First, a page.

Of the seven women — make that “bad girls” — in the upcoming Chicago installment of an Oxygen reality series, Alex Rice has the closest ties to the city.
The 23-year-old daughter of former Notre Dame football star Tony Rice, the quarterback who led the Fighting Irish to the 1988 national championship, grew up in South Bend, Ind. She now lives in Milwaukee, where she graduated in 2012 from Marquette University.
Rice describes the Windy City as her playground and her workplace. She travels here to model for Chicago-based KISS magazine.
She spent last summer here — make that Highland Park — filming “Bad Girls Club Chicago,” debuting at 7 p.m. Tuesday.
From the producers of “The Real World,” this long-running reality show puts a group of female strangers with a penchant for yelling, fighting and twerking under one roof. In this case, a mansion. With a stripper pole.
“When I first found out it was in Chicago I was kind of heartbroken,” Rice said. “It’s like, dang, I’m always in Chicago. Give me something new and fresh.”
When her cast mate Linsey found out the setting was Chicago, the Brooklyn woman responded with a confused look.
“In Boston?” she asks producers in the premiere.
“She’s a character,” Alex said about Linsey, a volatile personality proud of the fact that her long, dark locks are extensions made of horse hair.
Linsey is featured prominently in the first episode, but she’s MIA in the network’s cast photos of these seven women who have more issues than KISS magazine.
Loren, whose dad has been in and out of jail since she was a kid, says her hometown in Alabama is so small she accidentally dated her cousin.
Jonica from St. Louis has cheated on “everyone I’ve dated.”
Alex, a self-described hothead, said her hang-ups generally involve other females — “I’m not really big on women” — and her rocky relationship with her father, who lives in Chicago. Last football season, he worked as an on-air analyst covering Notre Dame for Comcast SportsNet Chicago.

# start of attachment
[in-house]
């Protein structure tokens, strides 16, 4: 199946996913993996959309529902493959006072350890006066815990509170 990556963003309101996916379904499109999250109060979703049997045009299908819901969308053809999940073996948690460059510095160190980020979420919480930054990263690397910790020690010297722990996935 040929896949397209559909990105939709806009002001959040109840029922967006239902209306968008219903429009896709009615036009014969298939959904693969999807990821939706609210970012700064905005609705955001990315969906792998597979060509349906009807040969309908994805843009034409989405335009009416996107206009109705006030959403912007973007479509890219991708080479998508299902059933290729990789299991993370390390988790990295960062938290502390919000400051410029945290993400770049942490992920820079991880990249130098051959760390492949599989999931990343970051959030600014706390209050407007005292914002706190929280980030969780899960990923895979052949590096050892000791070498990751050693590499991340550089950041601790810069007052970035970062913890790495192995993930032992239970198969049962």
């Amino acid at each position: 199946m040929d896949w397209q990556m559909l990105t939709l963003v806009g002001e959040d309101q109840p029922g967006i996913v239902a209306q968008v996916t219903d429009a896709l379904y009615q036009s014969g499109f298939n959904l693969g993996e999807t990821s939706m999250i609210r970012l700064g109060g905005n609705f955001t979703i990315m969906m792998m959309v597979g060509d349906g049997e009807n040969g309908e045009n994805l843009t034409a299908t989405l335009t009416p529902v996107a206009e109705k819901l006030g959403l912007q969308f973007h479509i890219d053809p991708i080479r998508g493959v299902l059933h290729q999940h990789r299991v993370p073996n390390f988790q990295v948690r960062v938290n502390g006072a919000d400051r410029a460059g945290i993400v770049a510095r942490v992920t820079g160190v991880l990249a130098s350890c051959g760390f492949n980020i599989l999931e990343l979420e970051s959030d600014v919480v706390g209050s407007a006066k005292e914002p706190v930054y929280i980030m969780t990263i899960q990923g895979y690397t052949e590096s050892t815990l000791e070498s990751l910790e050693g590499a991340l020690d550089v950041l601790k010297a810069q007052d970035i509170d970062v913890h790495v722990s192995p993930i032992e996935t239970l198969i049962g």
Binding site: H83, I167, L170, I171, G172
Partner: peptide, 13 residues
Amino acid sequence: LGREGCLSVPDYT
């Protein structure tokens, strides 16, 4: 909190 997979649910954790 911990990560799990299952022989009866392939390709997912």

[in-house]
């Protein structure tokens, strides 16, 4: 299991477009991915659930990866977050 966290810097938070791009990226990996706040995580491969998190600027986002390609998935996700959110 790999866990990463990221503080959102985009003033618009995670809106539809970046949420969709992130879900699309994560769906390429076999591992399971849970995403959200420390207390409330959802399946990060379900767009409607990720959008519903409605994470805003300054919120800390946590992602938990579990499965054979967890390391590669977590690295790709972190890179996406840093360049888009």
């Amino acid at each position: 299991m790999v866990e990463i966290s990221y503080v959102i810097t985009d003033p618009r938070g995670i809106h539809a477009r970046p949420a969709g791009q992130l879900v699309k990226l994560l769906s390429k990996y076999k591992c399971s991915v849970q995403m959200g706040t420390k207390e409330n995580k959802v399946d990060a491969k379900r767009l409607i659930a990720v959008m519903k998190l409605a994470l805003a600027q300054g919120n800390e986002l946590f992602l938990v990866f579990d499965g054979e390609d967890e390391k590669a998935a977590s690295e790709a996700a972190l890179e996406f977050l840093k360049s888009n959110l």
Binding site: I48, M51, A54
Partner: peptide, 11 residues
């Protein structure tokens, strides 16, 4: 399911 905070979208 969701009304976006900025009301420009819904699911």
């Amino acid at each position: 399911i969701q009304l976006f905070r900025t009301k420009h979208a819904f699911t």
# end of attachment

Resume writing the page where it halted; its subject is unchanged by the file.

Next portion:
“When my parents got divorced I blamed him a lot for it because it was his fault,” said Alex, the oldest of five children. “At 12 years old I’m telling my dad, ‘This is what you’re doing wrong and this is how you’re hurting your family.’ … He’s not one of those people who’s receptive to that.”
The show had a life coach make repeated visits to the house to counsel the women. When they weren’t working on self-improvement, they spent a good chunk of time shopping, partying and “turnin’ up.”
That didn’t always go over well with their Highland Park neighbors, who occasionally asked them to turn it down, Rice said.
“You’ve got seven bad girls in a house — we’re going to be loud,” Rice said. “But we were able to tone it down for them when asked. We tried to be respectful of the community. There were a lot of mixed reactions.”
Field trips into the city included a walk on the ledge at Willis Tower, Rice’s first taste of soul food at MacArthur’s restaurant on the South Side and hanging out at Castaways on North Avenue Beach, Bevy lounge in River North and the West Loop’s Lumen nightclub, “our favorite place,” Rice said.
The psychology and criminology major said her long-term career plan is to start a foundation to help victims of domestic violence.
“I’ve never experienced domestic abuse but I’ve watched a lot of women in my life go through it,” she said.
That actually sounds like something a good girl would do.
“Depends on your definition,” Rice said. “I’m going places. I do my own thing. That’s what we describe a bad girl as: dope as hell.”
When asked if she has any regrets about doing the show, Rice responded: “Hell no.”
“I took what I needed from it and I left what I didn’t,” she said. “I feel like I’ve become a better person, which is really weird because it’s ‘Bad Girls Club.’ ”